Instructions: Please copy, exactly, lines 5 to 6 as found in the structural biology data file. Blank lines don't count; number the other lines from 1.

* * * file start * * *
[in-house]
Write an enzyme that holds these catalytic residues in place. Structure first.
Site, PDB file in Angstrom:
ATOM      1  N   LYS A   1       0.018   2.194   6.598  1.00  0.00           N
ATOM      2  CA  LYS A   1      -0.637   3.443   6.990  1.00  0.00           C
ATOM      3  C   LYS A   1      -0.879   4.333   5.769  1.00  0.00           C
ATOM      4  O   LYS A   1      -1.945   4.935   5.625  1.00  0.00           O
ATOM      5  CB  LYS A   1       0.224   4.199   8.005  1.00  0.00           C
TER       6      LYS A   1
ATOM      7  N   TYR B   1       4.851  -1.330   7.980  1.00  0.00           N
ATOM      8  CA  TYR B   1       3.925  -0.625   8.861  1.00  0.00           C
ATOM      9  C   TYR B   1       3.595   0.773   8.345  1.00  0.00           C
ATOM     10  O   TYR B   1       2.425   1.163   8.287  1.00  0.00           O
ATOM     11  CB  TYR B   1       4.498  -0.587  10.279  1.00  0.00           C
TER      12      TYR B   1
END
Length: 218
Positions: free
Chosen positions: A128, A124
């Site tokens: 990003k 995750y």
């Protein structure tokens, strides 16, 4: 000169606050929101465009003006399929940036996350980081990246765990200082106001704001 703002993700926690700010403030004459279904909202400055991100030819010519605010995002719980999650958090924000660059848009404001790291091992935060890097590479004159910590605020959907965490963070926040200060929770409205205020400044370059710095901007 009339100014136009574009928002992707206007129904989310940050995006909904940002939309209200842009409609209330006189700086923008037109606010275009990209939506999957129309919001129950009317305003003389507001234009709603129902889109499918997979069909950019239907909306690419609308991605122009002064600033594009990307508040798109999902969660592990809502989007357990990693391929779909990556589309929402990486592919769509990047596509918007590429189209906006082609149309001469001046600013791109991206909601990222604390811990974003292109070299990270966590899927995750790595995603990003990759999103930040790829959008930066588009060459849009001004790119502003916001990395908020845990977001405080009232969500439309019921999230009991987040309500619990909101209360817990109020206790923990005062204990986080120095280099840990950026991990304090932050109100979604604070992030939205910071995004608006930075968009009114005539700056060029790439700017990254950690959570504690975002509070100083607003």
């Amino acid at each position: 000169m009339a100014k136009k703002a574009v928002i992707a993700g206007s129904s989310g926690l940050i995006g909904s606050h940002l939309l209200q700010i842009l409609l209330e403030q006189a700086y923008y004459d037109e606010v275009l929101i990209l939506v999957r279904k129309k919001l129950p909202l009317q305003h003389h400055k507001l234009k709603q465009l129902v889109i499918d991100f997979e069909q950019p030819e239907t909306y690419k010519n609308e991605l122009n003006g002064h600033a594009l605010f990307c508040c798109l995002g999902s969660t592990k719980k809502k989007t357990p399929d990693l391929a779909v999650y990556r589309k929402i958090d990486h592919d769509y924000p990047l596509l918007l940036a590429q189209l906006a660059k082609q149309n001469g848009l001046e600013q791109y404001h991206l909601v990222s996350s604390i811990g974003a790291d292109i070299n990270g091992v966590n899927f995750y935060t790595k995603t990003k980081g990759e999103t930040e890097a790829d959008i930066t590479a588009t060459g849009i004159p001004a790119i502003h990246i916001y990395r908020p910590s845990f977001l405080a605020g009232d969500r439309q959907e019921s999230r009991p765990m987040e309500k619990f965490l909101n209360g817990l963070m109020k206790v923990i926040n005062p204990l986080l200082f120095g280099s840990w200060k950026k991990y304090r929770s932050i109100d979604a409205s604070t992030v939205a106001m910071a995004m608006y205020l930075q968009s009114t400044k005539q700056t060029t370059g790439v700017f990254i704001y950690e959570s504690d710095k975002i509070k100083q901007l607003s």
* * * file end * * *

ATOM      2  CA  LYS A   1      -0.637   3.443   6.990  1.00  0.00           C
ATOM      3  C   LYS A   1      -0.879   4.333   5.769  1.00  0.00           C